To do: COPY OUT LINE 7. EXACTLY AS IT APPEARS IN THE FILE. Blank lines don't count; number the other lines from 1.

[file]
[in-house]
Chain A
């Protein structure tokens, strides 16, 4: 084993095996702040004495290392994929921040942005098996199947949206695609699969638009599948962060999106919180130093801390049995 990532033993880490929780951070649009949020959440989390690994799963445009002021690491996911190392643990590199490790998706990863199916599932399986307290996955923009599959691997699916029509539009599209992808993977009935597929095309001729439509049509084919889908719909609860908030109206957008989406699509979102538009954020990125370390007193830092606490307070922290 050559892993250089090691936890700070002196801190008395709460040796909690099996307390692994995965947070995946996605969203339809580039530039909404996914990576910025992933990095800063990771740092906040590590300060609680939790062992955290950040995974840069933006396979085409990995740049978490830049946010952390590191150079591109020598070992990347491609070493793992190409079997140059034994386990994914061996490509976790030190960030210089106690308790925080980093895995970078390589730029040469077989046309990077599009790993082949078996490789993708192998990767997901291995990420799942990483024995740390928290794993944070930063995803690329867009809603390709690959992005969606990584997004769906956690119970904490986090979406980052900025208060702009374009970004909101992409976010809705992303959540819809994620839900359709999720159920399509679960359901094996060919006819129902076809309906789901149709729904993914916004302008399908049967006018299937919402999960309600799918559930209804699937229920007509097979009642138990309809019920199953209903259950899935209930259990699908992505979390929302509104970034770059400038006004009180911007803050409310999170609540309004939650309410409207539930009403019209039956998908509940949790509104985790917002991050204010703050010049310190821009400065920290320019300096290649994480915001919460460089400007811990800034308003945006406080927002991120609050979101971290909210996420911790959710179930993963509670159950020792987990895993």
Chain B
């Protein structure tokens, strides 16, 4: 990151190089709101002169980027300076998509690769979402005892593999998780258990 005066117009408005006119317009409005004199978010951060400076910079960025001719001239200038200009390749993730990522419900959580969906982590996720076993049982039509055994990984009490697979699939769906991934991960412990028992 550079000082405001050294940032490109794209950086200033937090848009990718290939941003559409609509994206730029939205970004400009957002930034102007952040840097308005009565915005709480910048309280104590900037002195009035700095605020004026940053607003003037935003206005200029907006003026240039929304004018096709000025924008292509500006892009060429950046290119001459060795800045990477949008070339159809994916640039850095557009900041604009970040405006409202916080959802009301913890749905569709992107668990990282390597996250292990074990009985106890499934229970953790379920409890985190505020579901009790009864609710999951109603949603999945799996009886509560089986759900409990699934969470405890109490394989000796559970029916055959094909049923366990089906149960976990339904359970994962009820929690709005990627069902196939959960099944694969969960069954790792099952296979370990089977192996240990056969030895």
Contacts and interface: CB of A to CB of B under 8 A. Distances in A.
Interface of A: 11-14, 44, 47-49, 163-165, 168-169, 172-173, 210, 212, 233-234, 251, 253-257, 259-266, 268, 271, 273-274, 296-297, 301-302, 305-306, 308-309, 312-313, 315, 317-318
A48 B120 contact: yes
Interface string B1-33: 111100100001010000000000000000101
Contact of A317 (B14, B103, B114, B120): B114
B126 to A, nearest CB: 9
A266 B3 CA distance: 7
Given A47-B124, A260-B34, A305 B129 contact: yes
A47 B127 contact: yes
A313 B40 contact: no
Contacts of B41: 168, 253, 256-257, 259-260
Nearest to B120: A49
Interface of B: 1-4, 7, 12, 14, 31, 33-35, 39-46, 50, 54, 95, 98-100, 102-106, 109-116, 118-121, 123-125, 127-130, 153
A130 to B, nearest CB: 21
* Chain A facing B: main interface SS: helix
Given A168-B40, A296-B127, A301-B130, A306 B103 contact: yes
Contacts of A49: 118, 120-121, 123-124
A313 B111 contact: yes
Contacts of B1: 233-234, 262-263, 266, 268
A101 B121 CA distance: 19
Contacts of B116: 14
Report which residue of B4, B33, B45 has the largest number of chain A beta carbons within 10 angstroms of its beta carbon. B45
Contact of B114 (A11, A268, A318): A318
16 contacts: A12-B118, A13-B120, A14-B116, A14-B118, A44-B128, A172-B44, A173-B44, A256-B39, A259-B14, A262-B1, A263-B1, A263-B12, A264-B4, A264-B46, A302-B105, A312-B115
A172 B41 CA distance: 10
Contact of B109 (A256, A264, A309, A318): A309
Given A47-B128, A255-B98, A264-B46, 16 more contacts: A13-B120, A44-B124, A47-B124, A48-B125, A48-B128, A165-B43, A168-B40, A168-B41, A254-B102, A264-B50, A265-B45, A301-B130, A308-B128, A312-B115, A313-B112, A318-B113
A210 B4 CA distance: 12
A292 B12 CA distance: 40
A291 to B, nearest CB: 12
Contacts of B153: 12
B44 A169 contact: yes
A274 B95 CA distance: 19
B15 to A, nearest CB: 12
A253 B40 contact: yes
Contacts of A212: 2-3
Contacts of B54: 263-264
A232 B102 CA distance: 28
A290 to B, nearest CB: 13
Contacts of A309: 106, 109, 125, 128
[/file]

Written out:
Interface of A: 11-14, 44, 47-49, 163-165, 168-169, 172-173, 210, 212, 233-234, 251, 253-257, 259-266, 268, 271, 273-274, 296-297, 301-302, 305-306, 308-309, 312-313, 315, 317-318